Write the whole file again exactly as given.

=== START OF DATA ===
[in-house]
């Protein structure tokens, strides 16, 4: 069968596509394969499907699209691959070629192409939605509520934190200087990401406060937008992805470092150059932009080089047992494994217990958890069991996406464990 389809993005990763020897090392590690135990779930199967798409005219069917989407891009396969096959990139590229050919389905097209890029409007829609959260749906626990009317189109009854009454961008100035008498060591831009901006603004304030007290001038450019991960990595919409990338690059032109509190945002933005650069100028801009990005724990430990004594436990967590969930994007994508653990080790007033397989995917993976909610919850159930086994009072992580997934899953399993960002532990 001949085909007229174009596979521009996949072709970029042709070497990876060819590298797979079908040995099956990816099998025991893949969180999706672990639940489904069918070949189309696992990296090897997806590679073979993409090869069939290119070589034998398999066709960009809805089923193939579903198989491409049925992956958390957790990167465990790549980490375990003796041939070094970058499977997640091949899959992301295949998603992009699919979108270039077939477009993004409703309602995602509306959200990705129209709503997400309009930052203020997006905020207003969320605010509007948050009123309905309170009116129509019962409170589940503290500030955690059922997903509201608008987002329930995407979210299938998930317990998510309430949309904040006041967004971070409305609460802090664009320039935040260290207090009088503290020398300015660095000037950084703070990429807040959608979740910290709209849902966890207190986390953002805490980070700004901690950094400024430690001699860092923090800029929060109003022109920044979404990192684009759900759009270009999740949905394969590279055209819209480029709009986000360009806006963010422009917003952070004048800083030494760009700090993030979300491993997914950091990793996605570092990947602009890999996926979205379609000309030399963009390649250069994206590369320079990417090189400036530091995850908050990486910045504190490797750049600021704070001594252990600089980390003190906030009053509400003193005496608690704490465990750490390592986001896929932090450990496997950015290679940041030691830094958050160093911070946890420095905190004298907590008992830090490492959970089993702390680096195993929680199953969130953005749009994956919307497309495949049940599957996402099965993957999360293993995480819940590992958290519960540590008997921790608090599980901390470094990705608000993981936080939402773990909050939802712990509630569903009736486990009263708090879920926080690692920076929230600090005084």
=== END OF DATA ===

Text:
[in-house]
């Protein structure tokens, strides 16, 4: 069968596509394969499907699209691959070629192409939605509520934190200087990401406060937008992805470092150059932009080089047992494994217990958890069991996406464990 389809993005990763020897090392590690135990779930199967798409005219069917989407891009396969096959990139590229050919389905097209890029409007829609959260749906626990009317189109009854009454961008100035008498060591831009901006603004304030007290001038450019991960990595919409990338690059032109509190945002933005650069100028801009990005724990430990004594436990967590969930994007994508653990080790007033397989995917993976909610919850159930086994009072992580997934899953399993960002532990 001949085909007229174009596979521009996949072709970029042709070497990876060819590298797979079908040995099956990816099998025991893949969180999706672990639940489904069918070949189309696992990296090897997806590679073979993409090869069939290119070589034998398999066709960009809805089923193939579903198989491409049925992956958390957790990167465990790549980490375990003796041939070094970058499977997640091949899959992301295949998603992009699919979108270039077939477009993004409703309602995602509306959200990705129209709503997400309009930052203020997006905020207003969320605010509007948050009123309905309170009116129509019962409170589940503290500030955690059922997903509201608008987002329930995407979210299938998930317990998510309430949309904040006041967004971070409305609460802090664009320039935040260290207090009088503290020398300015660095000037950084703070990429807040959608979740910290709209849902966890207190986390953002805490980070700004901690950094400024430690001699860092923090800029929060109003022109920044979404990192684009759900759009270009999740949905394969590279055209819209480029709009986000360009806006963010422009917003952070004048800083030494760009700090993030979300491993997914950091990793996605570092990947602009890999996926979205379609000309030399963009390649250069994206590369320079990417090189400036530091995850908050990486910045504190490797750049600021704070001594252990600089980390003190906030009053509400003193005496608690704490465990750490390592986001896929932090450990496997950015290679940041030691830094958050160093911070946890420095905190004298907590008992830090490492959970089993702390680096195993929680199953969130953005749009994956919307497309495949049940599957996402099965993957999360293993995480819940590992958290519960540590008997921790608090599980901390470094990705608000993981936080939402773990909050939802712990509630569903009736486990009263708090879920926080690692920076929230600090005084």